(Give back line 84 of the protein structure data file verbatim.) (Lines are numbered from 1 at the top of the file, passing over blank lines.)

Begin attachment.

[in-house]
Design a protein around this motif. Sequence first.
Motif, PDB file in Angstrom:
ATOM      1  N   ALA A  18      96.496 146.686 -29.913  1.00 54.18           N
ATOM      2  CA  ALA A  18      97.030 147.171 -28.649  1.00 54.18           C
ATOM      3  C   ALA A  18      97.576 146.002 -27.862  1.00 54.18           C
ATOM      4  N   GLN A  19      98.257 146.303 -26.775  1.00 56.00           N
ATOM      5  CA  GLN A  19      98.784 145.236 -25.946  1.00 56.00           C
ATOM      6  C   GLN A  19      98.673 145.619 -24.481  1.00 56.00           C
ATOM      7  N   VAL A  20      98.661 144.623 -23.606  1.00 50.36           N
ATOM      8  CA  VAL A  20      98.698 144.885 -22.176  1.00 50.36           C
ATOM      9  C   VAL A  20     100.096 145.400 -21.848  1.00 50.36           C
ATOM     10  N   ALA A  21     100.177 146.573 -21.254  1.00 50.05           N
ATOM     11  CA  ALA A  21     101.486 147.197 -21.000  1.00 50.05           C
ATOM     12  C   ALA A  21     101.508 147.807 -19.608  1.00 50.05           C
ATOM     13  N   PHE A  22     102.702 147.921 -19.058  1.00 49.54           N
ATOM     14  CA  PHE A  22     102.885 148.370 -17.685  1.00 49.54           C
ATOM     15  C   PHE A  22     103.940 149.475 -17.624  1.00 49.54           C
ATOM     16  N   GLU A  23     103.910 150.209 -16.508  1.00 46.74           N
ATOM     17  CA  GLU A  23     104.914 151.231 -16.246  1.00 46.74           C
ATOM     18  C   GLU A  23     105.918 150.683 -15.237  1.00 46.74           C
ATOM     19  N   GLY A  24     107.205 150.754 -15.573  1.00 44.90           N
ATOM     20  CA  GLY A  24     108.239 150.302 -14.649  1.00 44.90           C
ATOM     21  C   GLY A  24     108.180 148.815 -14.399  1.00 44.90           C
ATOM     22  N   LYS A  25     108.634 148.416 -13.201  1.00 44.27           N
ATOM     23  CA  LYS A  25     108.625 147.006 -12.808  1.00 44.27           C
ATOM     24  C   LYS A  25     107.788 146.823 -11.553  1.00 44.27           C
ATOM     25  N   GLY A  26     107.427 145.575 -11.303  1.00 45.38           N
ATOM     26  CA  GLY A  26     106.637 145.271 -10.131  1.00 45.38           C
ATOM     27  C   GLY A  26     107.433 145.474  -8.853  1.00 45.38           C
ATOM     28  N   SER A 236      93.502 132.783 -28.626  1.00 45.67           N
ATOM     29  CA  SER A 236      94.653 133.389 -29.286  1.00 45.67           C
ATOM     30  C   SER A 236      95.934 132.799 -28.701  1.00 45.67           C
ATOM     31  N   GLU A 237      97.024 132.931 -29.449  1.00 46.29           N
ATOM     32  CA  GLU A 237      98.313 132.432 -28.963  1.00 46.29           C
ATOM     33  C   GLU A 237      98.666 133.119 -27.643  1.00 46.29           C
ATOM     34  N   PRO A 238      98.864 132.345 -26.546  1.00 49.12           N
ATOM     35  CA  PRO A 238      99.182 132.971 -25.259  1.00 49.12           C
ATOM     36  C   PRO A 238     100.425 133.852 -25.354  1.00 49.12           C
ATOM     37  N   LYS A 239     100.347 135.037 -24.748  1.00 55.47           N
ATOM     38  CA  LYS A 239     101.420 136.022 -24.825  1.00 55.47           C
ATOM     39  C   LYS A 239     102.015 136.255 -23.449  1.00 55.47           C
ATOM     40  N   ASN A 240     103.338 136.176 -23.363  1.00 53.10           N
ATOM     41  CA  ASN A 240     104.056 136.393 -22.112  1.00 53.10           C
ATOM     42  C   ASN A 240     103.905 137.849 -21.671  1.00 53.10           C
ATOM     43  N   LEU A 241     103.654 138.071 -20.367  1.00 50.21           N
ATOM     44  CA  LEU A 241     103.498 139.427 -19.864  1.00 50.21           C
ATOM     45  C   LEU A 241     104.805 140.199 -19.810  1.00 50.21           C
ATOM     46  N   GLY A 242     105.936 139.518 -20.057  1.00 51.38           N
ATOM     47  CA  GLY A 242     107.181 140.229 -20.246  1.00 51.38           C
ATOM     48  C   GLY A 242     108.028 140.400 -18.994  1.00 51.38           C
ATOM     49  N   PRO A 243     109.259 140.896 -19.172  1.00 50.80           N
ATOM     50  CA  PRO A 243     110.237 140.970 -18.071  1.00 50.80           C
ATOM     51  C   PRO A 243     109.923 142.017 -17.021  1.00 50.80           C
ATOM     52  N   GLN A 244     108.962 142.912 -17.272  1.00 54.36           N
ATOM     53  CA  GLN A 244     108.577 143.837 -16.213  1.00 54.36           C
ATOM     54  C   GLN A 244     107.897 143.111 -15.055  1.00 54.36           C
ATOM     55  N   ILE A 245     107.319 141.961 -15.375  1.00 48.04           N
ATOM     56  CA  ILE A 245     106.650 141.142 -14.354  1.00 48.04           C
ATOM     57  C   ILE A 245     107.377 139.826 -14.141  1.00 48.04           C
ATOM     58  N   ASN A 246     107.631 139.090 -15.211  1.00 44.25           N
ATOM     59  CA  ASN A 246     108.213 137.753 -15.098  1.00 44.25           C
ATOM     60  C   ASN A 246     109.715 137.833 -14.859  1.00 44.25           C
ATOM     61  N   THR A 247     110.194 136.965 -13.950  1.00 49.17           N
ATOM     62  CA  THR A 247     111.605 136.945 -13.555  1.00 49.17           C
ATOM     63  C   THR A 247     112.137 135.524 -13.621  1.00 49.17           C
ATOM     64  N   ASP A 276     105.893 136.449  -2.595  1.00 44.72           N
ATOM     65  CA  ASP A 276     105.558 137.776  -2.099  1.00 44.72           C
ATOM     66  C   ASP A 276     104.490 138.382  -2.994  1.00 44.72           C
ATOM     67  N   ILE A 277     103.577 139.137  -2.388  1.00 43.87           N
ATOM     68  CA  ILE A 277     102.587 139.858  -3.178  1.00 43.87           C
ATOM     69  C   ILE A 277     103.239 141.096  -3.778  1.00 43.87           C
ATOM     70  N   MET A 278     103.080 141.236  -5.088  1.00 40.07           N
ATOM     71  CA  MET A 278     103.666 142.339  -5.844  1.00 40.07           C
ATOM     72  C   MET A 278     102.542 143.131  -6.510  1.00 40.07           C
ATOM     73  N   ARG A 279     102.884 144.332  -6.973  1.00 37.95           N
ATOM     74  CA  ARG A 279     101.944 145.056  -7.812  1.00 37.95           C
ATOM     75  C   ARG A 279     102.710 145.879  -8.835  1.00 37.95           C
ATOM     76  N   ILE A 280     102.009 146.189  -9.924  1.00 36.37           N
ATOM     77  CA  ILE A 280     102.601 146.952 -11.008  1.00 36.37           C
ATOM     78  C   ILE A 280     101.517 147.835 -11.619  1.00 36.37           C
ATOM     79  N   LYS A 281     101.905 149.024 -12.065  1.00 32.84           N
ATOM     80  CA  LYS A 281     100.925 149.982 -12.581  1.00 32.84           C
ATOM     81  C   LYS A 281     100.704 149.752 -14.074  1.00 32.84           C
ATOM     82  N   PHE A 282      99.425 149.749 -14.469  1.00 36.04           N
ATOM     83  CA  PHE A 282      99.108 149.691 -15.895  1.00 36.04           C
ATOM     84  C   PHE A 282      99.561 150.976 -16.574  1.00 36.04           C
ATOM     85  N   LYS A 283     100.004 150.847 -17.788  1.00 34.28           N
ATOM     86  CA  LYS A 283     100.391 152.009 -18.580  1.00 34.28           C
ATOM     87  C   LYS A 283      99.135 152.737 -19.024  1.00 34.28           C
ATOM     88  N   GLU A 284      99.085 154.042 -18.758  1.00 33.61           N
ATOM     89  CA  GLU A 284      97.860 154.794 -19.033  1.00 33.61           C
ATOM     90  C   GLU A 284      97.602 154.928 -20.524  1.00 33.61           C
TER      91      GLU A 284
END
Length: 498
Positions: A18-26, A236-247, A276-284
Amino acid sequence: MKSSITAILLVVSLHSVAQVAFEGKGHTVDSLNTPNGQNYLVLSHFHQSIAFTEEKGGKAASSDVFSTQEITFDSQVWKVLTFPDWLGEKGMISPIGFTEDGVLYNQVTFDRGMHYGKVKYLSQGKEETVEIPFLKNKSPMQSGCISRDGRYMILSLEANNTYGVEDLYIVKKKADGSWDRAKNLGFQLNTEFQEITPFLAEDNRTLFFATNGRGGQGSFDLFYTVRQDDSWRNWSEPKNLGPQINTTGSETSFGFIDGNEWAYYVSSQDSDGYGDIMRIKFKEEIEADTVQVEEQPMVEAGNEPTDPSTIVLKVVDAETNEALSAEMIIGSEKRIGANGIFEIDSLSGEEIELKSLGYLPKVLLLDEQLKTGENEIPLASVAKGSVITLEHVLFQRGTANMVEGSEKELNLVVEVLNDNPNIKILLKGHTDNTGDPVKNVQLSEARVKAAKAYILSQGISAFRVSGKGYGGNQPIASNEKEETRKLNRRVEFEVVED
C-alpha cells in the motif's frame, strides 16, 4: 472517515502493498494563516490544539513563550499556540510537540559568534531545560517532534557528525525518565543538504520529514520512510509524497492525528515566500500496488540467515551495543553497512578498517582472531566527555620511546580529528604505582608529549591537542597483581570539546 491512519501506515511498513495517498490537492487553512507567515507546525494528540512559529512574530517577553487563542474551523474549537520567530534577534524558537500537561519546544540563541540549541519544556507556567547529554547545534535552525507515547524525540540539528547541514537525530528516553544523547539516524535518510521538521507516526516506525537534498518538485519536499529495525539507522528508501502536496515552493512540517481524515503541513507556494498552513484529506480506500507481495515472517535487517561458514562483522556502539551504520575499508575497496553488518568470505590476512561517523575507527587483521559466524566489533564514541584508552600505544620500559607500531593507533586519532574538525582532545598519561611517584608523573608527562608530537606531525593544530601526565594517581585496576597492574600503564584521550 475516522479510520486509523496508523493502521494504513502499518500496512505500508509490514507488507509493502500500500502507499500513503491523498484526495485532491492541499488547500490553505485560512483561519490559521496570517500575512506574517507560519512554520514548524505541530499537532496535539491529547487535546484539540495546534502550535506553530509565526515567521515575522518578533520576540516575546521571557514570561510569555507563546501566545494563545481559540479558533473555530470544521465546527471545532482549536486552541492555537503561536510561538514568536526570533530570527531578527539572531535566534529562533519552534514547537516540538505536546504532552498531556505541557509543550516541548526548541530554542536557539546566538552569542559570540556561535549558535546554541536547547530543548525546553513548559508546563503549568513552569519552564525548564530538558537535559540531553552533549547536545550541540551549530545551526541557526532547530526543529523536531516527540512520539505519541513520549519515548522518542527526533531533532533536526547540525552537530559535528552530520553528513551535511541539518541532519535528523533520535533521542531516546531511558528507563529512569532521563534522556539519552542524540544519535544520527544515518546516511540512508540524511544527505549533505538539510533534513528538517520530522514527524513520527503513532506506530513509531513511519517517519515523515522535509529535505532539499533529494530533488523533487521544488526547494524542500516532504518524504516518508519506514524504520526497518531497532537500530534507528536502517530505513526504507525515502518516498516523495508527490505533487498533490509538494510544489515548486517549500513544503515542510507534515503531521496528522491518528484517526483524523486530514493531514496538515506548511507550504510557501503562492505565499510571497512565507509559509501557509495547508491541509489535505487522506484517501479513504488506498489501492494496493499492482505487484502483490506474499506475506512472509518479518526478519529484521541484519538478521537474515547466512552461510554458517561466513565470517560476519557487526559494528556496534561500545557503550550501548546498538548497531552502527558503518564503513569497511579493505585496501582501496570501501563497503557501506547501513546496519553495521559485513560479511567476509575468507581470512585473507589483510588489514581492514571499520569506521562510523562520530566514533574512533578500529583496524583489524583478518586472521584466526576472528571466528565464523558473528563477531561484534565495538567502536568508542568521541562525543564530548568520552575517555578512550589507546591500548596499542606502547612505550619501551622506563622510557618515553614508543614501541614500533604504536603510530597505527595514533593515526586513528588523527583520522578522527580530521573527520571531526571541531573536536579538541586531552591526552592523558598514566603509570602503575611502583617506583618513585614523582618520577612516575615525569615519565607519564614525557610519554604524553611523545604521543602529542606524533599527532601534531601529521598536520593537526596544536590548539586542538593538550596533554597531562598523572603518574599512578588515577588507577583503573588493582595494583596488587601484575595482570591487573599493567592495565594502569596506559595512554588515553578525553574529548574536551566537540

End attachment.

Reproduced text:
ATOM     81  C   LYS A 281     100.704 149.752 -14.074  1.00 32.84           C